August 05, 2008 |
Today Chris Brogan shares a story of his colleague at CrossTech Media Nick Saber losing access to his Google account completely. The only thing he could access was the search page itself while everything that required a user to be logged in was not accessible: his account credentials did not work and the only thing he got was "Sorry, your account has been disabled."
This tweet from Nick himself shows that he was deprived of all the Google services for over 24 hours. Nick emailed Google support only to find out that the investigation of the case has been completed but the account has not been returned back to normal since the conclusion of the investigation was not definitive.
This post drew my attention immediately because something similar happened last week to my husband who suddenly found that his Google account credentials he had been using for many months refused to let him in. Fortunately in his case it seemed to be nothing but a minor glitch and after he cleared all the cookies in his browser (all, not Google-related only), Google finally let him in with the same log in and password. But the hour that he was struggling with the account was a real ordeal and I think I have never seen him scared more than at that moment.
But these examples are only two of the multitude that we've seen (and some of us experienced) while the problem is much deeper. This is the problem of having a monopoly that many of us rely heavily on simply because we either trust Google or think all their products are of superb quality.
And while the quality of the products and apps that Google provides is often superior to that of competitors (sometimes because the internet giant simply buys the best products in the market), I think that if you are left without access to all your usual tools at once, you may realize that you would have been better off if you diversified your use of web apps and maybe used some desktop applications in addition to at least keep some of your important information to yourself.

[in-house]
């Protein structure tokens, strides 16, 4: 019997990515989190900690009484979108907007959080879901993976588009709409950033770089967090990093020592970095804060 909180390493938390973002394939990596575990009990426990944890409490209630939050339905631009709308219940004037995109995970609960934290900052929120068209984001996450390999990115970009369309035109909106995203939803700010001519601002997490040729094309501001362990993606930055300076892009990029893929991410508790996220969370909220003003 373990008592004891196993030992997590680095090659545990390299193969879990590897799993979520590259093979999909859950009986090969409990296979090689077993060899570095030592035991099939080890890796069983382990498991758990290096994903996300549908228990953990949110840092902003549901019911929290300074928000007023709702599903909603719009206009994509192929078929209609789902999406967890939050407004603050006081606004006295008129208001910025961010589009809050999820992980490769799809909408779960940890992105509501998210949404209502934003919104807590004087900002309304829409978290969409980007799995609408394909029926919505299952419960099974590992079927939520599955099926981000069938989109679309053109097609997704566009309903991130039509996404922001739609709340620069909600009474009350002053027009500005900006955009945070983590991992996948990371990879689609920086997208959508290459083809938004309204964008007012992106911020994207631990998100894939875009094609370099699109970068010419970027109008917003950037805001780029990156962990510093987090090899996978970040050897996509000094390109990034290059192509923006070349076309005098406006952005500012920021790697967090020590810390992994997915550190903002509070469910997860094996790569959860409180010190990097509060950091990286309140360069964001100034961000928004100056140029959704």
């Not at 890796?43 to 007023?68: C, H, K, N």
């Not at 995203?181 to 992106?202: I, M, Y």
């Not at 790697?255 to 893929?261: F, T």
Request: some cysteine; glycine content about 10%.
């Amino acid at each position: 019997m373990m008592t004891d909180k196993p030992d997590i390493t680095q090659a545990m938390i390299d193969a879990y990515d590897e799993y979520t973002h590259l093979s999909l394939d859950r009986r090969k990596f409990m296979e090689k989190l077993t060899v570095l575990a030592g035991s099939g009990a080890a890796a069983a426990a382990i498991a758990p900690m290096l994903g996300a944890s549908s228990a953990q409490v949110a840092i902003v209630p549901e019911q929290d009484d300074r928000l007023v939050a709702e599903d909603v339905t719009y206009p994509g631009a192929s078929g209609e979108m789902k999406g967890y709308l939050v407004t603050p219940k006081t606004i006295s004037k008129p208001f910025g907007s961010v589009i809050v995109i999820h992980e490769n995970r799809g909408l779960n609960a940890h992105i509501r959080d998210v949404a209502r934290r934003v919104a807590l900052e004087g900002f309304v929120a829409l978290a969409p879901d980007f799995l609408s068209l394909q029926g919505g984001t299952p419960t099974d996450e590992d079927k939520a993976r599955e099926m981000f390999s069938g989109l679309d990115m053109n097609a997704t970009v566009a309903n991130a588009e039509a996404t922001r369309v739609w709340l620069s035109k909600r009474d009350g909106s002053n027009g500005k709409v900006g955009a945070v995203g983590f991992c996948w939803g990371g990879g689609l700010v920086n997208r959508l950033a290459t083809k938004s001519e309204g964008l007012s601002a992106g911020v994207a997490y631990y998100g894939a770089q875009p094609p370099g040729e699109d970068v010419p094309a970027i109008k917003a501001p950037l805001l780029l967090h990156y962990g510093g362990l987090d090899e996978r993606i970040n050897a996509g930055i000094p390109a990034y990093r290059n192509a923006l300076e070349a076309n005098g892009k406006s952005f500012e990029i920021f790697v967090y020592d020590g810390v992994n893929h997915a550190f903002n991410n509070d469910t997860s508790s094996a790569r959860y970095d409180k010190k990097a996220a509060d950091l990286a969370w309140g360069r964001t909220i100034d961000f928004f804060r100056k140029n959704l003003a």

I myself feel at least a little safer having a desktop email client for my Gmail account to which I download all my emails daily – at least if for some reason I am not allowed into Gmail any more, I will be able to access my previous messages and let all my contacts know the new place to find me. Same can be true if you store your photos on Picasa – you may not like Yahoo all that much but having the same photos on Flickr will not hurt if you can't access Picasa itself any more.
In this time when many of us rely on Google Reader almost 100% for our daily news consumption, at least exporting OPML file once a week to hard drive may also be reasonable at the very least. The same goes for Google Docs: I will be sure to back up all my files weekly from now on since I do have some important ones there.
Any monopoly may be dangerous and painting ourselves into a Google corner does not sound like a wise thing to do any more so I think many of us will have to rethink our approach to using Google services for all our important professional or personal tasks, after all. No matter how reliable any third-party application is, it will always control you to a certain extent. And can you really imagine that you can't access all of your Google services and information you provide the internet giant? Does not it sound like a nightmare?
Photo of Ask.com anti-Google campaign on the London tube by Larsz used under Creative Commons.